BOSTON (Reuters) – The one-time billionaire founder of Insys Therapeutics Inc and four other former executives and managers of the opioid drugmaker will face trial over charges they conspired to pay doctors bribes to prescribe patients an addictive fentanyl spray to boost sales.
Lawyers are set to deliver opening statements Monday in federal court in Boston in the case of former Insys chairman John Kapoor, the highest-level executive of a painkiller manufacturer to be tried amid a deadly U.S. opioid abuse epidemic.
Prosecutors say Kapoor directed a kickback scheme that helped fuel the epidemic in order to boost the company’s sales of Subsys, an under-the-tongue fentanyl spray approved only for use in managing severe pain in cancer patients.
Fentanyl is an opioid 100 times stronger than morphine.
Net revenues for Subsys grew from $8.6 million in 2012 to $329 million in 2015, according to Insys.
Kapoor, 75, who also served as the Chandler, Arizona-based company’s chief executive from 2015 to 2017, denies wrongdoing.
Beth Wilkinson, Kapoor’s lawyer, has argued that prosecutors are trying to make “unattractive” but normal drug marketing practices appear illegal by wrongly trying to link Kapoor to the drug epidemic.
Kapoor’s 2017 arrest came the same day U.S. President Donald Trump declared the opioid crisis a public health emergency. In 2017, a record 47,600 people died of opioid-related overdoses, the U.S. Centers for Disease Control and Prevention says.
Two top former executives – Michael Babich, Insys’ CEO from 2011 to 2015, and Alec Burlakoff, its ex-vice president of sales – have become government witnesses after pleading guilty to carrying out the scheme at Kapoor’s direction.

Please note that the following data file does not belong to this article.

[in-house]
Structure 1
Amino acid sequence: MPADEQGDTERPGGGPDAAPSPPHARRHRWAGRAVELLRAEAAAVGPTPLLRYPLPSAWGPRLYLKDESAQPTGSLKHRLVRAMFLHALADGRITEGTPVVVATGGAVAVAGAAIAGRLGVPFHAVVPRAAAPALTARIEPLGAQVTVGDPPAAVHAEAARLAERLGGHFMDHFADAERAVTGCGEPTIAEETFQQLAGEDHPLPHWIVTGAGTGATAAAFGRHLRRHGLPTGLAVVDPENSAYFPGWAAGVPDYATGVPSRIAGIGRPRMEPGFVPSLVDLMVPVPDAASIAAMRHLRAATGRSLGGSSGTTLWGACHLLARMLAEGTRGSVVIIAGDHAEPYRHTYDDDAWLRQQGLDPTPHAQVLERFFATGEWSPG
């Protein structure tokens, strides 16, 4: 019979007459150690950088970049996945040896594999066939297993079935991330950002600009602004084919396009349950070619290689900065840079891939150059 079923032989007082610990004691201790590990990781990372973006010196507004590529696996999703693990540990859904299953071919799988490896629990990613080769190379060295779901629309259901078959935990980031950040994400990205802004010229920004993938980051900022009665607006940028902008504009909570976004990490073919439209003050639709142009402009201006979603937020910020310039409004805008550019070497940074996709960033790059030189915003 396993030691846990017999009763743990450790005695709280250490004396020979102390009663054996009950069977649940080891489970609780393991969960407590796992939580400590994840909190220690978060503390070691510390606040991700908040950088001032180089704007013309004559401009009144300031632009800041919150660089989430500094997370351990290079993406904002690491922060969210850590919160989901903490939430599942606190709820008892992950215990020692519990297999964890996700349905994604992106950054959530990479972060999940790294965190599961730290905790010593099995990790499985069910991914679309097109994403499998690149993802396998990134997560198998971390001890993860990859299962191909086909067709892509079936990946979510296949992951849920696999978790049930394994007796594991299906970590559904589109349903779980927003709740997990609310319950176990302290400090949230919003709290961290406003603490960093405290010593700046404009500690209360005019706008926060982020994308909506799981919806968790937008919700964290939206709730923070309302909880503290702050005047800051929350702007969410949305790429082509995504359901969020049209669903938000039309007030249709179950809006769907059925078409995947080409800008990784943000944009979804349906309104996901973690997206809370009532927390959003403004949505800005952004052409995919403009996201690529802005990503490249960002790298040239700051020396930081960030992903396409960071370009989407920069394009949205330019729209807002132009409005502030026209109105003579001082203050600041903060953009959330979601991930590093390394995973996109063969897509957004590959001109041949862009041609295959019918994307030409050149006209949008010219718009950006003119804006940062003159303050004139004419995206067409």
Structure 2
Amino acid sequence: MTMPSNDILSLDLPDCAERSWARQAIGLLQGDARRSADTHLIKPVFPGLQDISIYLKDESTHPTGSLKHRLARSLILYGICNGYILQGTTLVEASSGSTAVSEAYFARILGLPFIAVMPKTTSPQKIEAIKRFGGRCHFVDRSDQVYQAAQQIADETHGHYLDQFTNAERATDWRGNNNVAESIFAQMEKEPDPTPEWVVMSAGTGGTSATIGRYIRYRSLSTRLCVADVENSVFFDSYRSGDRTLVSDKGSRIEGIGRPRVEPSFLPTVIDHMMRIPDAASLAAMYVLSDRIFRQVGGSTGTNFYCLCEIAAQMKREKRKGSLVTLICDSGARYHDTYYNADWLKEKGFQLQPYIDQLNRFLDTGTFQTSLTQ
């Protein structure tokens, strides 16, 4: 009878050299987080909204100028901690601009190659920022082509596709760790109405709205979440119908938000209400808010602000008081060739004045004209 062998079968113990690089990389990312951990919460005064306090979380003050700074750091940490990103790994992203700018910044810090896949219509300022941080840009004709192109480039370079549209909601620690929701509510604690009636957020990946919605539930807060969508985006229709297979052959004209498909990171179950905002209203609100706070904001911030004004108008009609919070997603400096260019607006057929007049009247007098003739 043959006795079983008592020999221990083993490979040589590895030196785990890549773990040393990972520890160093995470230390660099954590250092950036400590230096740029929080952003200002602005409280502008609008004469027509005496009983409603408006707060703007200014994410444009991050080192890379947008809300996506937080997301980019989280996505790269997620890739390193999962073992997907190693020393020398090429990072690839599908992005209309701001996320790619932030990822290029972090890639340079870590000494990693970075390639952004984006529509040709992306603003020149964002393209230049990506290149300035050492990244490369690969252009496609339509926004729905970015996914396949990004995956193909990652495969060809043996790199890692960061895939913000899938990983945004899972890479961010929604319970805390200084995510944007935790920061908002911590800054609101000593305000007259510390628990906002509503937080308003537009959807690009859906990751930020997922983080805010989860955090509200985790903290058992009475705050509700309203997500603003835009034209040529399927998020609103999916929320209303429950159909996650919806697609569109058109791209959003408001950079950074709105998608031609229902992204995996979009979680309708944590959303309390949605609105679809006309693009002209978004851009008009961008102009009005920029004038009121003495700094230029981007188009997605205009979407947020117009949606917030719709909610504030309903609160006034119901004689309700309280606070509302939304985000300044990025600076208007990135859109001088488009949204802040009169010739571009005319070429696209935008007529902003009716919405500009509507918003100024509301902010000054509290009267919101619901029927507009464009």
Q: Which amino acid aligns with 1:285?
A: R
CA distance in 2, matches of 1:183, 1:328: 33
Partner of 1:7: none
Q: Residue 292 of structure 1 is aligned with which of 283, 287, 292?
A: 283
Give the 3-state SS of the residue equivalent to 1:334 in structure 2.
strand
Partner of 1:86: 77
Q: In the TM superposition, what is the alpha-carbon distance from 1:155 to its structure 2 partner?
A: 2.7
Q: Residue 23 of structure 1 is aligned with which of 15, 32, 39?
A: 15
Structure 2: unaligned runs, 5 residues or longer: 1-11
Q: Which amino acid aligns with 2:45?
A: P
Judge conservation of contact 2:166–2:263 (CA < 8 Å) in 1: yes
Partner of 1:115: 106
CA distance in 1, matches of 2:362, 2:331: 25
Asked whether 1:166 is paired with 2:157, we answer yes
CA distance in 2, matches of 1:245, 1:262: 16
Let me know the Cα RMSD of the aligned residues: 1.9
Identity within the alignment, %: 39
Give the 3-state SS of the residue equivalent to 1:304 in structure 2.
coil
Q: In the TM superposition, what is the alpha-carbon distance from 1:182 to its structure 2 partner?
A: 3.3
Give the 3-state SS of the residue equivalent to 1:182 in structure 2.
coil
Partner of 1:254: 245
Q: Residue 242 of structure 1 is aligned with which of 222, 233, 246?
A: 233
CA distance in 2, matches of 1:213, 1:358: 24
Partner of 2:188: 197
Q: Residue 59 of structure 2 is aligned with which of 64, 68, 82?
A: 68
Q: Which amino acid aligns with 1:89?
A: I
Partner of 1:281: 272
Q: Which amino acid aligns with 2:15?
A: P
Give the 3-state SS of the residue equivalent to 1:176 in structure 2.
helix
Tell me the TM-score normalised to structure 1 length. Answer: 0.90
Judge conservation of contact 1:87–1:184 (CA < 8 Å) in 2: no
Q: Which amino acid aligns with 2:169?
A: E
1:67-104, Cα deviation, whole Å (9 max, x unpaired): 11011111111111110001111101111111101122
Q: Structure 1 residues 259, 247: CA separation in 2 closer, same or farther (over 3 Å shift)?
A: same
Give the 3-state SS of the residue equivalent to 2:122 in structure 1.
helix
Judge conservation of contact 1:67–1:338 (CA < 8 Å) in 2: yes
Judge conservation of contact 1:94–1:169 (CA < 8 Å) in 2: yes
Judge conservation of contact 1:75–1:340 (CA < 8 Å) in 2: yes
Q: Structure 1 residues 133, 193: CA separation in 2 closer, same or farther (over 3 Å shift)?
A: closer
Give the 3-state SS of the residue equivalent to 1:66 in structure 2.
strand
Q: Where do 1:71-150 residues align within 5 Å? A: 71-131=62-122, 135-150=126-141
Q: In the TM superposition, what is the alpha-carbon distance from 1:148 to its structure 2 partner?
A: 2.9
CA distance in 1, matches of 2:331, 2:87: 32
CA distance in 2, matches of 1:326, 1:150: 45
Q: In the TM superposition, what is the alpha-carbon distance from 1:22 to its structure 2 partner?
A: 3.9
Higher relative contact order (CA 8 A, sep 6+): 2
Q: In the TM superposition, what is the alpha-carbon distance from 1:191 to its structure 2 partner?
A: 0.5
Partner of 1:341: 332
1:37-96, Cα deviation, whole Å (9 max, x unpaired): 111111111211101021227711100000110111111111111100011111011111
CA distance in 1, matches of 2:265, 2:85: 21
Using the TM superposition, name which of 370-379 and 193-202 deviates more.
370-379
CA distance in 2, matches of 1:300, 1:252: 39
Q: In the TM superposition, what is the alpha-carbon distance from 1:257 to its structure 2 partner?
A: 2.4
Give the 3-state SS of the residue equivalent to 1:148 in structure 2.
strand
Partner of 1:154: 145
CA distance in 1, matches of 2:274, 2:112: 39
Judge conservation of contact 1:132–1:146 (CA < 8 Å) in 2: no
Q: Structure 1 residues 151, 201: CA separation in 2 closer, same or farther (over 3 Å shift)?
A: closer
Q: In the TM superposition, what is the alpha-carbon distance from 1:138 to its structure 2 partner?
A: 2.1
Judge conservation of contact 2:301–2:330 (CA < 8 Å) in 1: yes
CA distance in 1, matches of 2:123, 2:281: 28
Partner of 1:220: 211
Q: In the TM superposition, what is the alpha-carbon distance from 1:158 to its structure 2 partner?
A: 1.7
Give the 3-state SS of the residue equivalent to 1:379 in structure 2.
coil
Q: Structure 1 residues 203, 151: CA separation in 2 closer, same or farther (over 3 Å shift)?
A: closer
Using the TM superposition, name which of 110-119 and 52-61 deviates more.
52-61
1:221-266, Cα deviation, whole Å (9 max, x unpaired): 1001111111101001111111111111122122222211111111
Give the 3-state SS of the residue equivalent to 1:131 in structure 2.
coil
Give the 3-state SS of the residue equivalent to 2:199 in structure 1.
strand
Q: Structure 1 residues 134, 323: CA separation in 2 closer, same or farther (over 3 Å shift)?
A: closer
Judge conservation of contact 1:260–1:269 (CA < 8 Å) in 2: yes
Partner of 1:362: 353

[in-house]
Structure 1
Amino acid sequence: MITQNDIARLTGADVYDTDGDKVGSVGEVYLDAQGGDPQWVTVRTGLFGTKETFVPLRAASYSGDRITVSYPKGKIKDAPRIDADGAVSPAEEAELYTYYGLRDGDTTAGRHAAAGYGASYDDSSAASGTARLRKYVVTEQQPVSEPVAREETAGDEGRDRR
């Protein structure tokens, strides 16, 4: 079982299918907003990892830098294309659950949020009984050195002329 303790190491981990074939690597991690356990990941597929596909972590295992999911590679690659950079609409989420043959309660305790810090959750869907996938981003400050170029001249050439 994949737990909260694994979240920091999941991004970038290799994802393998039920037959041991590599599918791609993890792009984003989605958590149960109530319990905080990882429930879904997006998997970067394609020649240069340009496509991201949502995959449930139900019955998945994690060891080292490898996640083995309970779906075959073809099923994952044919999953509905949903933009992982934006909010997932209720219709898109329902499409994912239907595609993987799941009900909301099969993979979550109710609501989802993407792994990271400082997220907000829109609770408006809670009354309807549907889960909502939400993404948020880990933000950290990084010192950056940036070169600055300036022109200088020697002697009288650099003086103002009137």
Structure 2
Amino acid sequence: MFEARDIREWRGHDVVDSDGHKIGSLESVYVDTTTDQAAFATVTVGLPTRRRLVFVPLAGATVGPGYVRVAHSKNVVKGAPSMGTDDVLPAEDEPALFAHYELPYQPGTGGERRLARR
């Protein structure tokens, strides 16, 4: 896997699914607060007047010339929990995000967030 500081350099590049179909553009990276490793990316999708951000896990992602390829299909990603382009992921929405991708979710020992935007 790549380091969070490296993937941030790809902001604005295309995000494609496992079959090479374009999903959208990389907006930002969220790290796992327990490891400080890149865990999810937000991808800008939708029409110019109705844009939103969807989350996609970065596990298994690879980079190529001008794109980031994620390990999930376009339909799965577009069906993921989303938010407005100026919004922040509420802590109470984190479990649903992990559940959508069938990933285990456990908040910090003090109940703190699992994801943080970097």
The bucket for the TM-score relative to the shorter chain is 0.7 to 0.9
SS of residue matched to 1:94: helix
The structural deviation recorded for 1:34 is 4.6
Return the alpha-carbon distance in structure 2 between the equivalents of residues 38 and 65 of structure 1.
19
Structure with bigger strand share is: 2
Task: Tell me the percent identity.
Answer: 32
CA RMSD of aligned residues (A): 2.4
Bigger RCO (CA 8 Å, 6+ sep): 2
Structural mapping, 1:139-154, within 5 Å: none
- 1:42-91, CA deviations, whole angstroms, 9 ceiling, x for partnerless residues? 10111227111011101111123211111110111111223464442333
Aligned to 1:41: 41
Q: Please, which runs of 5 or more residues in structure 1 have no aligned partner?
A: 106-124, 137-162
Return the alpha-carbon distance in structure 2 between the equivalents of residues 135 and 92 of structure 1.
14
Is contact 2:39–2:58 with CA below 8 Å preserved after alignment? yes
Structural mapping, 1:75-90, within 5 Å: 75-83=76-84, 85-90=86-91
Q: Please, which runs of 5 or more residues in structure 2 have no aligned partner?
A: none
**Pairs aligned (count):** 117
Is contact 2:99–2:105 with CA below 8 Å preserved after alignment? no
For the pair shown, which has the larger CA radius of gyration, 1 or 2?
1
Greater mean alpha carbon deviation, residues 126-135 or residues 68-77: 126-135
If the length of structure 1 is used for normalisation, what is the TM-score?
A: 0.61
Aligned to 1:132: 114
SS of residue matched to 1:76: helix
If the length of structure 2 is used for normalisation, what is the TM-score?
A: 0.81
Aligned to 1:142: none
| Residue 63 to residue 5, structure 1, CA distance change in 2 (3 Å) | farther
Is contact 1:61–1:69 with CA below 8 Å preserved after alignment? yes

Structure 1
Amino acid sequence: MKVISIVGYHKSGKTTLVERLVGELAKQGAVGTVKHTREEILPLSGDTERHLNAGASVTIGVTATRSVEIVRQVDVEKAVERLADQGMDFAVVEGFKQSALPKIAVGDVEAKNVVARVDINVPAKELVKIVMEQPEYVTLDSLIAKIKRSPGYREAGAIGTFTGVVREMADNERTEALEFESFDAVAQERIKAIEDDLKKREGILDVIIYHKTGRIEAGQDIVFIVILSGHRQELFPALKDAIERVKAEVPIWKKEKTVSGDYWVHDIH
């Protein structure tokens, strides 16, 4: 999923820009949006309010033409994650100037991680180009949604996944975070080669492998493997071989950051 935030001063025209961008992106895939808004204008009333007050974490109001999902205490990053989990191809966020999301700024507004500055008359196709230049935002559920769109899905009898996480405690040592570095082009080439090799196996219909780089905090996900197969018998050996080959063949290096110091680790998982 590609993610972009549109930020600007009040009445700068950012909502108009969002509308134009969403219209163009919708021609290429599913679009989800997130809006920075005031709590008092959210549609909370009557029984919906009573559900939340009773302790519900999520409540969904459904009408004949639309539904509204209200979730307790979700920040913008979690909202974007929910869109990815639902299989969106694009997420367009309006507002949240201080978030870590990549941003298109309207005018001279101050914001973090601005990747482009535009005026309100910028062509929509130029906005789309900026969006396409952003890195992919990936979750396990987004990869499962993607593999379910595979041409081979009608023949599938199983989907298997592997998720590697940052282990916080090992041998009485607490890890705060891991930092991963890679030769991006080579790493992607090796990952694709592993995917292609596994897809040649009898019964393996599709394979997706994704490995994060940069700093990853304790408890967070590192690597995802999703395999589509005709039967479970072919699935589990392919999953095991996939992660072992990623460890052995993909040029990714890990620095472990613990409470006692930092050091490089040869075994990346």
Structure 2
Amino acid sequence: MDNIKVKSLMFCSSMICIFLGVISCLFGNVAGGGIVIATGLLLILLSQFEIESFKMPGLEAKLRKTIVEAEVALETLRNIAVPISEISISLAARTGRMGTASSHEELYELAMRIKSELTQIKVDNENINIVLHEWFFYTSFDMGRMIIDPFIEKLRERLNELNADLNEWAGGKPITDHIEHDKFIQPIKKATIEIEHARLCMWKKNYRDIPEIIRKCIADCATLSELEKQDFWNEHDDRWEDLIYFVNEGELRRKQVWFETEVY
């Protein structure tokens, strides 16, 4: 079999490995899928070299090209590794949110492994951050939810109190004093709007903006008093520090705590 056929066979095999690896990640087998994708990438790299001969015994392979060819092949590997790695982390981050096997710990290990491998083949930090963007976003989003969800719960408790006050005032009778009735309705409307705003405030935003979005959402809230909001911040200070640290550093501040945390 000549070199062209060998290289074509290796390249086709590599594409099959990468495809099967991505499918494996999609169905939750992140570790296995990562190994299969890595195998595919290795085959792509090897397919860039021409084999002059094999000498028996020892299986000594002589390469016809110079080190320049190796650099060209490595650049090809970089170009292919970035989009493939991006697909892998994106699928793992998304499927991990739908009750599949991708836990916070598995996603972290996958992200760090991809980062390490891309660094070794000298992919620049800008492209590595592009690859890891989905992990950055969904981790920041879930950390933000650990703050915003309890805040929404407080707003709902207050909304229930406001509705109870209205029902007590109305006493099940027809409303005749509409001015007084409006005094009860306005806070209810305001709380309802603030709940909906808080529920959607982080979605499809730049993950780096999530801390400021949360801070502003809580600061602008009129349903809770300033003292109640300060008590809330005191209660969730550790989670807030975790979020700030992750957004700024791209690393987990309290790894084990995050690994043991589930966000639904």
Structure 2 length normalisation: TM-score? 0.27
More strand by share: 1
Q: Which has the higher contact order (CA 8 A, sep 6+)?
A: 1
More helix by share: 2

Kapoor’s co-defendants include former Insys executives and managers Michael Gurry, Richard Simon, Sunrise Lee and Joseph Rowan. They have pleaded not guilty to racketeering conspiracy.
Prosecutors allege that from 2012 to 2015, Kapoor and his-co-defendants conspired to pay doctors bribes in exchange for prescribing Subsys and to defraud insurers into paying for it.
Prosecutors said Insys paid doctors as much as $200,000 to participate in speaker programs ostensibly meant to educate medical professionals about Subsys but that were actually poorly attended sham events.
The scheme led doctors to write medically unnecessary prescriptions for Subsys to patients, many of whom did not have cancer, prosecutors said.
Insys in August said it would pay at least $150 million to resolve a Justice Department probe related to its marketing of Subsys, and that it has taken steps to ensure it operates legally going forward.
Reporting by Nate Raymond in Boston; Editing by Alexia Garamfalvi and Leslie Adler